• 69-70del: also in Alpha and BA.1 → S gene target failure with TaqPath
  • L452R: increased affinity for receptor; also in Delta, Kappa and Epsilon (L452Q in Lambda) and L452R/MQ in 4 BA.2 sublineages, including BA.2.12.1 in NY.
  • F486V: also seen in mink-derived viruses

 

Phylogeny of BA.2, BA.4 and BA.5: mutations that characterize the lineages are indicated on the branch at which each first emerged.

 

Amino acid mutations in the spike gene of the BA.4 and BA.5 lineages. Mutations that differ from BA.2 are denoted in red, including the wild-type amino acid at position Q493 (denoted by the red *).

 

 

 

Ep 258-8: Khan medRxiv: Escape of BA.4 and BA.5 from Omicron/BA.1 elicited immunity

 

Neutralization of BA.4 (a) or BA.5 (b) compared to BA.1 virus by immunity elicited through BA.1 infection in n=24 unvaccinated participants.

Neutralization of BA.4 (c) or BA.5 (d) compared to BA.1 virus by immunity elicited through BA.1 infection in n=15 participants vaccinated either with Pfizer BNT162b2 (n=8) or Johnson and Johnson Ad26.CoV2.S (n=7). Numbers are geometric mean titer (GMT) FRNT50. Dashed line is most concentrated plasma tested.

(e) Neutralization of BA.1, BA.4, and BA.5 in the n=15 Omicron/BA.1 infected vaccinated compared to the n=24 Omicron/BA.1 infected unvaccinated participants. Numbers are GMT FRNT50 and error bars are GMT 95% confidence intervals.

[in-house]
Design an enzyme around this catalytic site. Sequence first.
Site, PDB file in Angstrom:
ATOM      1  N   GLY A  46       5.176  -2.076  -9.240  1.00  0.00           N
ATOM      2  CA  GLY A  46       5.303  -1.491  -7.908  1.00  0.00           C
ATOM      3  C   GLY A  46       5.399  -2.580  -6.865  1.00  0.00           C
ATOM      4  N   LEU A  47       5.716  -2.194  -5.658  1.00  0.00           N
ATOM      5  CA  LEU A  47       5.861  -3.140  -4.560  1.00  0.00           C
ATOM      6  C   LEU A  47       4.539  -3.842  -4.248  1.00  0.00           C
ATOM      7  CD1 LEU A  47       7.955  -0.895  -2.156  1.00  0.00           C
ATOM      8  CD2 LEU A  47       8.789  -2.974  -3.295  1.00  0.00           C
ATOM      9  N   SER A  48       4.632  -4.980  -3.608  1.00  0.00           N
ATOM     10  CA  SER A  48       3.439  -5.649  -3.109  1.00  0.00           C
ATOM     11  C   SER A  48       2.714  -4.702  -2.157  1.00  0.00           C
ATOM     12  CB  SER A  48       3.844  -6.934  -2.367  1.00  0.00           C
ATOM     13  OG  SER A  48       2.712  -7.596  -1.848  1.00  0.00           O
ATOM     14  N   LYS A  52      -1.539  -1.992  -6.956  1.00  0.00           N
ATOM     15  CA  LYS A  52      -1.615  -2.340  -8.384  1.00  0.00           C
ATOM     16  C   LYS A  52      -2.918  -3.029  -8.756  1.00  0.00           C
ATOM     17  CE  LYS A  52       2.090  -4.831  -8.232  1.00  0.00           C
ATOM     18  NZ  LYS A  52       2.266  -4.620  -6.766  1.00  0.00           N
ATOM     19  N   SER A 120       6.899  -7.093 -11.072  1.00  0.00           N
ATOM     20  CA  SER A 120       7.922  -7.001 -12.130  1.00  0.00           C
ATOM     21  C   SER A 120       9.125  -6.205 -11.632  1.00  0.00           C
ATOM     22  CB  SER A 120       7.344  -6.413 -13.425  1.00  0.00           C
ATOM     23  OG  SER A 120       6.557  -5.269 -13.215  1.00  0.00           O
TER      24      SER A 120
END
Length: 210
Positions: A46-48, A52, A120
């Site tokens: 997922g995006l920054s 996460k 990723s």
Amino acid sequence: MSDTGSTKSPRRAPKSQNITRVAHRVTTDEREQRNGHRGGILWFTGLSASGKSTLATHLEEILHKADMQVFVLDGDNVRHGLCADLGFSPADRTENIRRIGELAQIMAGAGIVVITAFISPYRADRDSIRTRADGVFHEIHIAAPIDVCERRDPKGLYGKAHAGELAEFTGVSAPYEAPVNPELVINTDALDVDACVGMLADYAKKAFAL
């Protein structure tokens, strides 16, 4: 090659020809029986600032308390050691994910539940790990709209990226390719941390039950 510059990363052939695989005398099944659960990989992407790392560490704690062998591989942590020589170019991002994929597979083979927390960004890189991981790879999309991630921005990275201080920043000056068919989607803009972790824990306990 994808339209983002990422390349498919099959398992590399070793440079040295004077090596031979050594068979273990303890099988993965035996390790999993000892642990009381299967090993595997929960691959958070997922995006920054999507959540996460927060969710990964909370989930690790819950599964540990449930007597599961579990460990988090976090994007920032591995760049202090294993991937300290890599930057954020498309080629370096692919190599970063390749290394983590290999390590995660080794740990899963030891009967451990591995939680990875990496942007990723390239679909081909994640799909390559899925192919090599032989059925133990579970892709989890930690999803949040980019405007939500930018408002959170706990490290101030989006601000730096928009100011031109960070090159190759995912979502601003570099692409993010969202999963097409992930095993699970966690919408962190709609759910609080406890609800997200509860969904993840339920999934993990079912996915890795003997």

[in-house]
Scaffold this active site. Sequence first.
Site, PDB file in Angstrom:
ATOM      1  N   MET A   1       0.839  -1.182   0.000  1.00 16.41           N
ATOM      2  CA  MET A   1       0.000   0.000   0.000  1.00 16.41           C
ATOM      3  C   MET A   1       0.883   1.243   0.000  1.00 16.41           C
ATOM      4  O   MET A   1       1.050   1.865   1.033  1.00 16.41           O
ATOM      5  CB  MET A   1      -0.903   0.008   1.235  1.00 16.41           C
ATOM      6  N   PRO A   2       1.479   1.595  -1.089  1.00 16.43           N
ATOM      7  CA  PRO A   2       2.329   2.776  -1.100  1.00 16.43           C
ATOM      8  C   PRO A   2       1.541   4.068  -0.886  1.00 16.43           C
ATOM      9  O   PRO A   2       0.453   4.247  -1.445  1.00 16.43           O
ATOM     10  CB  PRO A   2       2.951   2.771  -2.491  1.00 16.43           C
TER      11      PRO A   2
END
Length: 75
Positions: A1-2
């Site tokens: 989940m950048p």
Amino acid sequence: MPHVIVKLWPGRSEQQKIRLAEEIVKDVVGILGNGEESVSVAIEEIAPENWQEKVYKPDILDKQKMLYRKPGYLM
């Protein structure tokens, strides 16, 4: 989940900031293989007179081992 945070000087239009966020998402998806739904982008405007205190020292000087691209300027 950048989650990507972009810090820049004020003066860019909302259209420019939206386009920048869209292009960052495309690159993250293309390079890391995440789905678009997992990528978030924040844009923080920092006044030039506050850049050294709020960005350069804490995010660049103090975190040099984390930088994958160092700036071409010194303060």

Conclusion: there is clear partial neutralization escape by BA.4 and BA.5 from immunity induced by BA.1, but this is less pronounced in vaccinated subjects. Hence BA.4 and BA.5 have potential to result in a new infection wave in BA.1 infected subjects. 

 

Question 1: Not clear whether that also applies to BA.2, since both BA.4 and BA.5 have only few additional S mutations, as compared to BA.2, while they differ more substantially from BA.1 !  

 

Question 2: Are these variants mild or severe? Difficult to say: during the last week of April, there is a steep rise of cases, but not (yet?) of hospitalizations in South-Africa….  

 

 

 

 

As you see, the story continues with new unknowns….

 

Best wishes,

 

Guido